Recent trips to explore Asheville and the surrounding areas due to my husband's dislike of long, cold, snowy New England winters left us underwhelmed. The mountains are beautiful but there is so much sprawl (strip malls and concrete) in all the surrounding areas, I found it depressing. Also the housing prices were pretty high for what you get. Which led us to look a little further south in the Greenville, SC area, Travelers Rest in particular. First glance Greenville really wowed us but all that sprawl! Better real estate prices but I just did not find it appealing despite TR having a lot of neat things going on in the town. I tried, I really tried to like the area and focus on the good things it had to offer: Furman University, proximity to the mountains, The Falls Park and Peace Center but my gut kept nagging me that this was not the place for me. And the biggest thing that really got me was the amount of violent crime. Read the Greenville news, every other day there is something involving guns or drunken driving. The realtors won't share this with you but I don't want to live in a place where burglary is accepted as the norm and "just lock your doors." Plus, politically, I'm not sure we would do that well being liberal leaning. I would only consider moving there after a trial rental period to see how we adjust. As one other person indicated, it gave me a greater appreciation for where I am living!
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Old 11-22-2018, 12:35 PM
 
3,719 posts, read 1,675,953 times
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Quote:
Originally Posted by Doubledogone View Post
Recent trips to explore Asheville and the surrounding areas due to my husband's dislike of long, cold, snowy New England winters left us underwhelmed. The mountains are beautiful but there is so much sprawl (strip malls and concrete) in all the surrounding areas, I found it depressing. Also the housing prices were pretty high for what you get. Which led us to look a little further south in the Greenville, SC area, Travelers Rest in particular. First glance Greenville really wowed us but all that sprawl! Better real estate prices but I just did not find it appealing despite TR having a lot of neat things going on in the town. I tried, I really tried to like the area and focus on the good things it had to offer: Furman University, proximity to the mountains, The Falls Park and Peace Center but my gut kept nagging me that this was not the place for me. And the biggest thing that really got me was the amount of violent crime. Read the Greenville news, every other day there is something involving guns or drunken driving. The realtors won't share this with you but I don't want to live in a place where burglary is accepted as the norm and "just lock your doors." Plus, politically, I'm not sure we would do that well being liberal leaning. I would only consider moving there after a trial rental period to see how we adjust. As one other person indicated, it gave me a greater appreciation for where I am living!
Did you check out Hendersonville/Flat Rock?; Hendersonville has a beautiful downtown. We did pretty much what you did before deciding on Flat Rock. Greenville has a very nice downtown, but that's about it IMO, and it is very conservative, relative to Asheville. The good thing about living in Hendersonville/Flat Rock is that you are convenient to both Asheville and Greenville without living there. While it is true, there are strip centers as you get closer to the interstate, the Hendersonville downtown area has a lot to offer and is quite unique in the way it was designed. Hendersonville is definitley more conservative, but there are some left leaning folks here as well. Housing is going to be relatively more expensive in western NC (we found it to be generally more expensive than SC); you can get some better prices the furthur out you go.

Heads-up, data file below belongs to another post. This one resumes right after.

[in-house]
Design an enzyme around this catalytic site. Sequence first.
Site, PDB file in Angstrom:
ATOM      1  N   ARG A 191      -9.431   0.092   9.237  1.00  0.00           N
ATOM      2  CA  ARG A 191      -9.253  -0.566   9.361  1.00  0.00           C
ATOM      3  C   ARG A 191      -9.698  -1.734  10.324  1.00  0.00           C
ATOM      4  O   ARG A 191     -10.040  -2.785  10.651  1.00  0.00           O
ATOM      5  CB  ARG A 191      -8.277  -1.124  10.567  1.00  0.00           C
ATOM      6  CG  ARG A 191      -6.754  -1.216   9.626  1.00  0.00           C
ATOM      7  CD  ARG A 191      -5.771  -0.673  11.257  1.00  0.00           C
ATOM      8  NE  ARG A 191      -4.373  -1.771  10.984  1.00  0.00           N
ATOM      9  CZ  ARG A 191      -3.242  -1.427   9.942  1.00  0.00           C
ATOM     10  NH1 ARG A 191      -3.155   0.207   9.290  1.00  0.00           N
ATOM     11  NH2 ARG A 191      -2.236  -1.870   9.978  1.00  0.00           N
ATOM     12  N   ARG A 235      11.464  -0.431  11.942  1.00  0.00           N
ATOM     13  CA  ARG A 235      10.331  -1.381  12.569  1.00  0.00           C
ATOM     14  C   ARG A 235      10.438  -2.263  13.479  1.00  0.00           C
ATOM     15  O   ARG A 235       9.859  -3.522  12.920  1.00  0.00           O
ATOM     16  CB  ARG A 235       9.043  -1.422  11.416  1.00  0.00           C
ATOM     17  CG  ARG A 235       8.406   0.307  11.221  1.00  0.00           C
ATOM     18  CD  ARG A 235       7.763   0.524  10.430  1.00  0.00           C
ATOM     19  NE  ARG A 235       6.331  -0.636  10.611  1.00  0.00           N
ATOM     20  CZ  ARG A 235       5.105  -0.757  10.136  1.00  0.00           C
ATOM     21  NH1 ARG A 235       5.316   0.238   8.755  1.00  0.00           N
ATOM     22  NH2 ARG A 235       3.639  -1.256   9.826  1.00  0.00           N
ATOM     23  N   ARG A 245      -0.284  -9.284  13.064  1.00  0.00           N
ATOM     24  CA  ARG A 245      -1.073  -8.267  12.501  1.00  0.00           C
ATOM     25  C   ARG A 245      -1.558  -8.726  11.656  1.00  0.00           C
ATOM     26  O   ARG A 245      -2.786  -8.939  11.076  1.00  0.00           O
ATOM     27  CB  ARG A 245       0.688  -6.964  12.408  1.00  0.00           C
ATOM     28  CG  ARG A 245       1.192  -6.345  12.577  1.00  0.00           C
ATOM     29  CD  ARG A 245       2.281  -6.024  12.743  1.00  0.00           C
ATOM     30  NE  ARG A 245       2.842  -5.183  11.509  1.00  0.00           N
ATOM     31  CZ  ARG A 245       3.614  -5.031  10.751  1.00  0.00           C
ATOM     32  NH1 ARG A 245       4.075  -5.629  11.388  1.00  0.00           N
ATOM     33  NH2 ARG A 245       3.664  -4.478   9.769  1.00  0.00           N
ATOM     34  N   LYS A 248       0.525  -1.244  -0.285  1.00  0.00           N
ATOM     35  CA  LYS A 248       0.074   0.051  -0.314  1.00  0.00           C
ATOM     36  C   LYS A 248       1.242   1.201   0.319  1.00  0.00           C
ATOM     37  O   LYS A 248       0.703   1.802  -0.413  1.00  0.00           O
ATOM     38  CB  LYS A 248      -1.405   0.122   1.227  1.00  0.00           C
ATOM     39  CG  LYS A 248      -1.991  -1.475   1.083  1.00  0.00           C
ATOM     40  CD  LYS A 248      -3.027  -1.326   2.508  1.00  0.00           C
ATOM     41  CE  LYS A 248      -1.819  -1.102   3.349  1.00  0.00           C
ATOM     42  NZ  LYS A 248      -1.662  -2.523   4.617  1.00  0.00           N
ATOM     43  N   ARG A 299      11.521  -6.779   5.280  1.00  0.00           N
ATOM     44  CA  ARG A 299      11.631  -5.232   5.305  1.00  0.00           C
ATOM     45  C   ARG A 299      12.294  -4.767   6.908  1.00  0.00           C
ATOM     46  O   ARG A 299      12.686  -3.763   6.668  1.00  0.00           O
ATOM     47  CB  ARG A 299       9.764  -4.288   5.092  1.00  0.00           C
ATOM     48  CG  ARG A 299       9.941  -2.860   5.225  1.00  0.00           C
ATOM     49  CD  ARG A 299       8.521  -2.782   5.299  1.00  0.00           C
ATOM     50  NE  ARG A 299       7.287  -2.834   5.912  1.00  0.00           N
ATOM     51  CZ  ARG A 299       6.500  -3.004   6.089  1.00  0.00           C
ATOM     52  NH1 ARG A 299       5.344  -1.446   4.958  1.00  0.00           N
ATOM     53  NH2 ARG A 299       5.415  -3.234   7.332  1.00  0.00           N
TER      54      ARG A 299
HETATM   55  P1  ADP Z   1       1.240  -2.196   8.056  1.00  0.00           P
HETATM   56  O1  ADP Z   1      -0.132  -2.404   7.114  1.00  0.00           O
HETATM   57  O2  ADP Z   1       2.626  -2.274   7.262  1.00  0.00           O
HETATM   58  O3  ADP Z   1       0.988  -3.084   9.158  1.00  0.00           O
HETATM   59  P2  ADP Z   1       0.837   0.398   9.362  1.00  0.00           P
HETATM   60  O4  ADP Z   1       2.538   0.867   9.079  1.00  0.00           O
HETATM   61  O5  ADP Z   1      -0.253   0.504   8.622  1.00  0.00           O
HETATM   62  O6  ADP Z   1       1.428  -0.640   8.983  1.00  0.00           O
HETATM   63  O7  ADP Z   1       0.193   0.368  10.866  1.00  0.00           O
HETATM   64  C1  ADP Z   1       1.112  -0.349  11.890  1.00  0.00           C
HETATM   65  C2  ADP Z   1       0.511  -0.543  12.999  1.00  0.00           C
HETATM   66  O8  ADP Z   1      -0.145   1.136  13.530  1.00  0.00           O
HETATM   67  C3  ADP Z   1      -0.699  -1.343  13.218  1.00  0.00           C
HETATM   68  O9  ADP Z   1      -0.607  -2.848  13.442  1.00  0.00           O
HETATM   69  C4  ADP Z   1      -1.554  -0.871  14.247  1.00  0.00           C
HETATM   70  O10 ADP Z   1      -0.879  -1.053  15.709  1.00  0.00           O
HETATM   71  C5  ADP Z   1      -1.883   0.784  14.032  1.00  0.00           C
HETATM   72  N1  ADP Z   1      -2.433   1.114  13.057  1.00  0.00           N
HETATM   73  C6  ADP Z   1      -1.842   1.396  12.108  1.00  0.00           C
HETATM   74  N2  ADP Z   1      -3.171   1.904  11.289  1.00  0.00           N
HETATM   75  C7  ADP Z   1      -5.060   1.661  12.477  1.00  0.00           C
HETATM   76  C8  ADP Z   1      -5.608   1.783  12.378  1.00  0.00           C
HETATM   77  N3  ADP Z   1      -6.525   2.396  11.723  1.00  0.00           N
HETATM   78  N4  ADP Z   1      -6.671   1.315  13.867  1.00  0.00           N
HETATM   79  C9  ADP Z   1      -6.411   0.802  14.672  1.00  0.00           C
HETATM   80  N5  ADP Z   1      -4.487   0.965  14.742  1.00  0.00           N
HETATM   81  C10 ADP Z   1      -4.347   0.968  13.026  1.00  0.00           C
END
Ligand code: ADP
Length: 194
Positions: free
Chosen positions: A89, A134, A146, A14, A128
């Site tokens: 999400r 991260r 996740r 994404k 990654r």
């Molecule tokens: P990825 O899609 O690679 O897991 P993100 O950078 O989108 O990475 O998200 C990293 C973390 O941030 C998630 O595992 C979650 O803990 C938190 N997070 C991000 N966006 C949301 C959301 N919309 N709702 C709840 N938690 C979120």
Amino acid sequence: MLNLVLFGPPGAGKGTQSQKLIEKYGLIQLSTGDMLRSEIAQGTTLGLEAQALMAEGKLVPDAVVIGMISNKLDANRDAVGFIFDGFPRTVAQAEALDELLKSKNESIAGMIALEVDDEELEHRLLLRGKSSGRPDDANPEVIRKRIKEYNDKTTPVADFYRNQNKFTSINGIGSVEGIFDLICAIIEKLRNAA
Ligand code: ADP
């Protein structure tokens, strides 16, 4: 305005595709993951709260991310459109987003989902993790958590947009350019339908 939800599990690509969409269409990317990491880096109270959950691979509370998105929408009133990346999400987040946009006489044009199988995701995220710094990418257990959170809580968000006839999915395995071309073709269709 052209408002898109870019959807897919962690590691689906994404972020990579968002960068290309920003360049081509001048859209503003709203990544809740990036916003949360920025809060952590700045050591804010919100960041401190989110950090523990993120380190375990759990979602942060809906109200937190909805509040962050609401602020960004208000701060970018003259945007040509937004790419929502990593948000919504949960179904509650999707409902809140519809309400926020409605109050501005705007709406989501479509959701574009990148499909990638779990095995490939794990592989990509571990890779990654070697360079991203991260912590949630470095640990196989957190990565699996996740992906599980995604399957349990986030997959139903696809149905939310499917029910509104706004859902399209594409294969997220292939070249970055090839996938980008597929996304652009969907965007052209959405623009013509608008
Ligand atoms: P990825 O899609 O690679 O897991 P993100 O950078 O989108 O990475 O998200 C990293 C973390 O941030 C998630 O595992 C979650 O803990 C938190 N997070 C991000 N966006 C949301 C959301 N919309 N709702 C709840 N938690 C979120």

Last edited by Lizap; 11-22-2018 at 12:44 PM..
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Old 11-22-2018, 01:23 PM
 
Location: OR
720 posts, read 1,163,407 times
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Quote:
Originally Posted by Doubledogone View Post
Recent trips to explore Asheville and the surrounding areas due to my husband's dislike of long, cold, snowy New England winters left us underwhelmed. The mountains are beautiful but there is so much sprawl (strip malls and concrete) in all the surrounding areas, I found it depressing. Also the housing prices were pretty high for what you get. Which led us to look a little further south in the Greenville, SC area, Travelers Rest in particular. First glance Greenville really wowed us but all that sprawl! Better real estate prices but I just did not find it appealing despite TR having a lot of neat things going on in the town. I tried, I really tried to like the area and focus on the good things it had to offer: Furman University, proximity to the mountains, The Falls Park and Peace Center but my gut kept nagging me that this was not the place for me. And the biggest thing that really got me was the amount of violent crime. Read the Greenville news, every other day there is something involving guns or drunken driving. The realtors won't share this with you but I don't want to live in a place where burglary is accepted as the norm and "just lock your doors." Plus, politically, I'm not sure we would do that well being liberal leaning. I would only consider moving there after a trial rental period to see how we adjust. As one other person indicated, it gave me a greater appreciation for where I am living!
Just PM'd you